Catherine Walls

Timelines: Ribbon of Remembrance Catherine Walls

Valerie Slater of Coverdale provided this story about her grandmother, Catherine Walls – a happy and unusual tale wherein all 5 of her sons survived the Great War.

In 1883, Catherine Louisa Polden, then living in Dorset set eyes on George Walls for the first time. It was love at first sight. George was twenty years older than Catherine and arranged the wedding with all haste – the marriage by licence took place at Hampreston near Wimborne.

Catherine left the county of her birth, never to return. After journeying north, Catherine and George made their home in Carlton at Coverdale Cottage. The couple had three daughters and five sons born between 1886 and 1898. George died in 1908 so Catherine had to face the anxious war years supported by her daughters. She was a religious woman, so her faith combined with her respected and busy life as unofficial midwife in the village helped her to get through. Her prayers were answered.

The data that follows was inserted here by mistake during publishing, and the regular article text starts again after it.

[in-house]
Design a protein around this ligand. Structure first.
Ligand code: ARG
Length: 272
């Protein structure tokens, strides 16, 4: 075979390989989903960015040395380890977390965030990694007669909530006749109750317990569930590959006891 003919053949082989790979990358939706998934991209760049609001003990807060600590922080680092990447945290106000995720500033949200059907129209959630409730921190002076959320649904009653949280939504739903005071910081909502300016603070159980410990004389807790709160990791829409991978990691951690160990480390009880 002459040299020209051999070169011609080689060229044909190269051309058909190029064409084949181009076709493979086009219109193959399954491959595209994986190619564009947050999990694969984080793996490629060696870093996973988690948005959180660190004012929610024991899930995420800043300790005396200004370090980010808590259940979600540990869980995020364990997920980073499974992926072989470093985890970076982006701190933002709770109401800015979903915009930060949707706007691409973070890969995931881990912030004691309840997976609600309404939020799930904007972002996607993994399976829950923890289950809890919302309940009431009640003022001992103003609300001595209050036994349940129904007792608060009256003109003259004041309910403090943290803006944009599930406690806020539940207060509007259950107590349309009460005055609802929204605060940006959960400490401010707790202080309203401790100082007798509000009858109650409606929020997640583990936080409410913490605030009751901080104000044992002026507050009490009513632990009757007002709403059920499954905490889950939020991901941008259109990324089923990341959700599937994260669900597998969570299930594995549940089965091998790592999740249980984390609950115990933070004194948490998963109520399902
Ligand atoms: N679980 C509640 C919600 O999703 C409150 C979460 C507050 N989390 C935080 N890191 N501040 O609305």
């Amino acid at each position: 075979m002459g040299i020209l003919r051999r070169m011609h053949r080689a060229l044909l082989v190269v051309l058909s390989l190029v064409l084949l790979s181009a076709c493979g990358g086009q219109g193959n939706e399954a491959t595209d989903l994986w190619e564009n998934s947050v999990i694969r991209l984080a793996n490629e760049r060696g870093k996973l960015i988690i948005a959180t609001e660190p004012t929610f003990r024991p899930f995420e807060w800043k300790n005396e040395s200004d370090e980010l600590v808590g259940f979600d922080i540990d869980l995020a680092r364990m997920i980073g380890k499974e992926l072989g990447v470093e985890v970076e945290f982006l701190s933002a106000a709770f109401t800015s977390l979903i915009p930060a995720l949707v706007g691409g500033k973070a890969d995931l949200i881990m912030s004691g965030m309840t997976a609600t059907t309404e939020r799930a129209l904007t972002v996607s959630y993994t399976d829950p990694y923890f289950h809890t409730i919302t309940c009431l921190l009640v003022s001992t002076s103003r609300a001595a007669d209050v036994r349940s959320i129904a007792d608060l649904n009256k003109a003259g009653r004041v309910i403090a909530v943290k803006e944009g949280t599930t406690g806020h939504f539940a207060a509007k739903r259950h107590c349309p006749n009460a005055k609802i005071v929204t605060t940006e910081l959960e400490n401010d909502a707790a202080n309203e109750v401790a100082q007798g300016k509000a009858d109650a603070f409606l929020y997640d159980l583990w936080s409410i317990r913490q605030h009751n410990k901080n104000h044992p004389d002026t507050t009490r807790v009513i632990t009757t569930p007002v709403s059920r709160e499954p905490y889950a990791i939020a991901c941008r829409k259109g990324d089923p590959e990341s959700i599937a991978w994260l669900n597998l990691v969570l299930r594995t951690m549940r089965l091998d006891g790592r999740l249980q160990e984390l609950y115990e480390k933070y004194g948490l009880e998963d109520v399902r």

William Walls (born 1898) served in the Machine Gun Corps; George (born 1889) was with 21st Kings Royal Rifles, being wounded by shrapnel at the Battle of Flers-Courcelet on 17 September 1916; Alfred (born 1891) served in the Army Service Corps and then the Loyal North Lancashire Regiment, he was hospitalised twice (the second occasion being the result of a gas attack); Joe (born 1896) enlisted with the King’s Royal Rifle Corps with his brother Dick. Joe was discharged from the army in November of 1916 due to ill health, and is likely to have returned home to Carlton. Dick (born 1892), who signed up in December 1915 was in the 21st King’s Royal Rifles and was wounded by gunshot to his right hand which entitled him to a pension of 5/-6d from March of 1919. Joe and Dick’s KRRC service numbers were consecutive (C/12882 and C/12884) as they went to war together.

Despite injury, all five brothers returned from the Great War.

Alfred in his hospital ‘blues’

George on his wedding day

William

Richard’s medal card

 

 

 

 

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